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Ayve and a group of girls holding their creations at the third Girls into Coding event.

By Avye

Hi! My name is Avye. I’m 11 years old and I’ve just hosted my 3rd Girls Into Coding event. Before I talk about it, I would like to tell you a little bit about my journey and my mission.

I started coding when I was 7 years old and I’ve enjoyed it ever since. My first experience was with Scratch. I’ve been lucky to have attended and participated in some great STEM events, courses, conferences and workshops, such as the Coolest Projects, Moz Festival, CoderDojos, Raspberry Jams, Maker Faire Rome, Young Coders Conference, The Generation Arm 2Z Program and Mobile World Congress 2019.

I really enjoy going to tech events as there are loads of people who want to share their interests and knowledge with you. These events and experiences have encouraged me to craft, code and design, and allowed me to discover new things. Raspberry Jams are very cool and you can join many different workshops, run your own workshops, or exhibit a project to the public. Coolest Projects is a fantastic platform that gives you the opportunity to showcase your work and to be part of a wide community of young makers. Events like this have introduced me to so many cool things too, such as the Micro:bit, the Raspberry Pi, Arduino, App Maker, Scratch, 3D printing, VR, AI, programmable electronic components and robotics.

I also enter tech competitions. Some I’ve won (the Coolest Project UK, The Micro:bit Birthday Challenge, The Inspiring Juniors UK), some I’ve reached the finals (The One to Watch – FDM Award, and Tech Playmaker Award – Booking.com), and some I didn’t win! But that’s okay – taking part in all of them has been an enriching experience in itself.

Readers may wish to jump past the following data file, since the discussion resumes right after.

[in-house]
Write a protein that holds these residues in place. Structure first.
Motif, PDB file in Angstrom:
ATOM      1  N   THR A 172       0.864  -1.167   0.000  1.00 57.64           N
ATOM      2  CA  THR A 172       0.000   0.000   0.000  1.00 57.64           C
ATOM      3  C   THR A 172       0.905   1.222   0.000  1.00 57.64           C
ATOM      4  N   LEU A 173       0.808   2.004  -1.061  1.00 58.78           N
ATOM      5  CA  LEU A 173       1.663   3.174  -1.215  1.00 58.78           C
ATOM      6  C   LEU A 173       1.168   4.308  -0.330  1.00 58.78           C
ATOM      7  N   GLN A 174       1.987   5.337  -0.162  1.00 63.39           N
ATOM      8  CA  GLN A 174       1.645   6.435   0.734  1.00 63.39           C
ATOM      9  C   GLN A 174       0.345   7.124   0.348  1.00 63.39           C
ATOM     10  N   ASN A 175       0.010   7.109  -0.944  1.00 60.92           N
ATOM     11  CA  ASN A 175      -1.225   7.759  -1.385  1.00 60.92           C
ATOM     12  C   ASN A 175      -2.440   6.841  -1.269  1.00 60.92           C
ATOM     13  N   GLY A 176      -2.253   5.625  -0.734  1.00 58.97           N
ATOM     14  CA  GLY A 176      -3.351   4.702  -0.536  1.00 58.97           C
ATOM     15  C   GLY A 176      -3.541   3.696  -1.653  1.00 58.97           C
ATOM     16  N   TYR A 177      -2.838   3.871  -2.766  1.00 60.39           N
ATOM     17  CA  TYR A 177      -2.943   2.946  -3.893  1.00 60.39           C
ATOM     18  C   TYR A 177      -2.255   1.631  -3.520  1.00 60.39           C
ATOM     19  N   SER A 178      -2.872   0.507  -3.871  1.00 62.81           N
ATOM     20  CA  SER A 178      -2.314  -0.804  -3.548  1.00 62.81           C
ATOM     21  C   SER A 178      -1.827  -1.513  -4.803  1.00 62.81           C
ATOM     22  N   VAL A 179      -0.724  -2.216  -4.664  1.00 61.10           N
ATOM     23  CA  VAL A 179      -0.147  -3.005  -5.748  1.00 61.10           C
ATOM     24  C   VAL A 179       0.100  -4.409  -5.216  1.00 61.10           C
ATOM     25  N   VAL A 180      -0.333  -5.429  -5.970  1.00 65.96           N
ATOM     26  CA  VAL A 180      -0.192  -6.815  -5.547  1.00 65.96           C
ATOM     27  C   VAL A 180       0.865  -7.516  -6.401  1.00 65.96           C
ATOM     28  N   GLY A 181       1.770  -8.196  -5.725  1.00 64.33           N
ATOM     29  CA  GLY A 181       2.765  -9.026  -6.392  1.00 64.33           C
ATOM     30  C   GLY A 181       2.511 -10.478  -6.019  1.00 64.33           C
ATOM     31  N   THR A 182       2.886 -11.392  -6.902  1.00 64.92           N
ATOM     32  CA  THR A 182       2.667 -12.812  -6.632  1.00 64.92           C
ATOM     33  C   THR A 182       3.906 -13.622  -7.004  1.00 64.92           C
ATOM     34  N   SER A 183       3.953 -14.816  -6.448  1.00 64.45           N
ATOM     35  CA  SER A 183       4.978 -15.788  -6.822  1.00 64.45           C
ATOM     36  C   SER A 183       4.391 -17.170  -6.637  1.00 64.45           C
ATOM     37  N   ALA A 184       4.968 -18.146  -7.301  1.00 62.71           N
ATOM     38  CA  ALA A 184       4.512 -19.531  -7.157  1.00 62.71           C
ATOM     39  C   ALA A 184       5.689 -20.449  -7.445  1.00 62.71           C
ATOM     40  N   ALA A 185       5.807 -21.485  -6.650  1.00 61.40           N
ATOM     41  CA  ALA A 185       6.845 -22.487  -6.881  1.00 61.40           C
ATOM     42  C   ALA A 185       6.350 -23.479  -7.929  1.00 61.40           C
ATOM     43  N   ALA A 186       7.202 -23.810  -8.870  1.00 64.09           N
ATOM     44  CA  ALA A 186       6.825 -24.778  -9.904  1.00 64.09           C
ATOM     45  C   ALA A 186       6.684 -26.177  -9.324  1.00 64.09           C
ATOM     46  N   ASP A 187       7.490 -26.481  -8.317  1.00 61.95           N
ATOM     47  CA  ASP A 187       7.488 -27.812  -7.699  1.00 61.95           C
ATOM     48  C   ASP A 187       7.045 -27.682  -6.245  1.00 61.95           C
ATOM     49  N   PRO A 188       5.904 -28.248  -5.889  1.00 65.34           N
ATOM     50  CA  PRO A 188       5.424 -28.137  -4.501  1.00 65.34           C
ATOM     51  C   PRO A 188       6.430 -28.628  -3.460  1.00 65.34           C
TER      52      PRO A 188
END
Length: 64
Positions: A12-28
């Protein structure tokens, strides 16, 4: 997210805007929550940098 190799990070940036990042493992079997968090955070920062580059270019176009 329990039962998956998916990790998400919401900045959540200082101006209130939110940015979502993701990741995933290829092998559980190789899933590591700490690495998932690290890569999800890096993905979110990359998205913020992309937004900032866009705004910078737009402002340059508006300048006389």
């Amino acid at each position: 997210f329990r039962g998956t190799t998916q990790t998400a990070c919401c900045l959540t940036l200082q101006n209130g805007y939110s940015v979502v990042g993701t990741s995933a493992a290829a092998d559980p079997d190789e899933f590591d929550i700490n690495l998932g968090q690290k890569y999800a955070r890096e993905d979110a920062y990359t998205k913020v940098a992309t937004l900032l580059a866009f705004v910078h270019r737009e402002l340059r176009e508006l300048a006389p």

Now I use my skills and experiences to make robots and run workshops to share my knowledge with others. Most weekends I am either busy leading a Micro:bit workshop for CoderDojo at Kingston University and West London University, or working on other projects.

A girl working on a laptop.

I love coding and physical computing; I have a lot of fun using the Micro:bit and Raspberry Pi to control robots that I make out of upcycled objects. It’s great using different components and new types of technology.

The things that I make and projects that I have worked on have given me opportunities to experiment, invent, discover, share, network, collaborate, challenge myself and grow. I have learnt and continue learning from some fantastic mentors and role models, and there are lots of people that continue to inspire me. Sometimes it’s their ideas; their determination; their passion; their drive; their energy; their mission; their entrepreneurialism; their attitude; their definiteness of purpose or their courage.

I want to become a visible role model for young people in general, particularly for girls. I want to inspire more girls to get into coding, and to encourage more girl involvement in tech. I am motivated to create other opportunities to encourage more girl participation in tech.

After collaboratively leading a robotics workshop at Richmond Reference Library, which was only attended by boys, I was motivated to develop my own format for girls. I believe a good way to get more girls involved in the world of STEM is to take the lead yourself. So I decided to be proactive and organise (with the help of my parents) my own Girls Into Coding events.

A group of girls sat on chairs, listening to a presentation.

With this goal in mind, I successfully crowdfunded over £1000 to pull off my first Girls Into Coding event. It was free to attend and all the girls were presented with a Micro:bit, a physical computing kit and an inspirational book. It was launched in July 2018 and was attended by 15 girls, aged between 9 and 14.